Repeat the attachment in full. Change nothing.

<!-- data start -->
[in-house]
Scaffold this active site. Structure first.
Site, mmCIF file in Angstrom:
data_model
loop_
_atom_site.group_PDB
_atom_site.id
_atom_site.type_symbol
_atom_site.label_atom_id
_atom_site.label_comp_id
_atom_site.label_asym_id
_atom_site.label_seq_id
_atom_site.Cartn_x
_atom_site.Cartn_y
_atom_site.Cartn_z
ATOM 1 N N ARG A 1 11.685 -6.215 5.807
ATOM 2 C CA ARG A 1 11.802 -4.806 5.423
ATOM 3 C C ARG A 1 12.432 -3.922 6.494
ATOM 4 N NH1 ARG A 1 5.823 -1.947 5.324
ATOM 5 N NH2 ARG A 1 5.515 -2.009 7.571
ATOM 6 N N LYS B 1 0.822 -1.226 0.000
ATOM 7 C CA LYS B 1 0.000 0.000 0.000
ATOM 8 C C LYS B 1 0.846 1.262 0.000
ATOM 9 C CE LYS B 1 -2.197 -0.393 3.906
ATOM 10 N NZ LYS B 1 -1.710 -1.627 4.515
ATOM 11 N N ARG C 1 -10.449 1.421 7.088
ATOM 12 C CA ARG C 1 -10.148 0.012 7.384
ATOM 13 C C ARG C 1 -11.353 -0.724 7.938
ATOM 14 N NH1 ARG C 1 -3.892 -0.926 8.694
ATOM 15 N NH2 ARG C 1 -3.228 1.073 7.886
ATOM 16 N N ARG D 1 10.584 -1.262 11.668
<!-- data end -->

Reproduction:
[in-house]
Scaffold this active site. Structure first.
Site, mmCIF file in Angstrom:
data_model
loop_
_atom_site.group_PDB
_atom_site.id
_atom_site.type_symbol
_atom_site.label_atom_id
_atom_site.label_comp_id
_atom_site.label_asym_id
_atom_site.label_seq_id
_atom_site.Cartn_x
_atom_site.Cartn_y
_atom_site.Cartn_z
ATOM 1 N N ARG A 1 11.685 -6.215 5.807
ATOM 2 C CA ARG A 1 11.802 -4.806 5.423
ATOM 3 C C ARG A 1 12.432 -3.922 6.494
ATOM 4 N NH1 ARG A 1 5.823 -1.947 5.324
ATOM 5 N NH2 ARG A 1 5.515 -2.009 7.571
ATOM 6 N N LYS B 1 0.822 -1.226 0.000
ATOM 7 C CA LYS B 1 0.000 0.000 0.000
ATOM 8 C C LYS B 1 0.846 1.262 0.000
ATOM 9 C CE LYS B 1 -2.197 -0.393 3.906
ATOM 10 N NZ LYS B 1 -1.710 -1.627 4.515
ATOM 11 N N ARG C 1 -10.449 1.421 7.088
ATOM 12 C CA ARG C 1 -10.148 0.012 7.384
ATOM 13 C C ARG C 1 -11.353 -0.724 7.938
ATOM 14 N NH1 ARG C 1 -3.892 -0.926 8.694
ATOM 15 N NH2 ARG C 1 -3.228 1.073 7.886
ATOM 16 N N ARG D 1 10.584 -1.262 11.668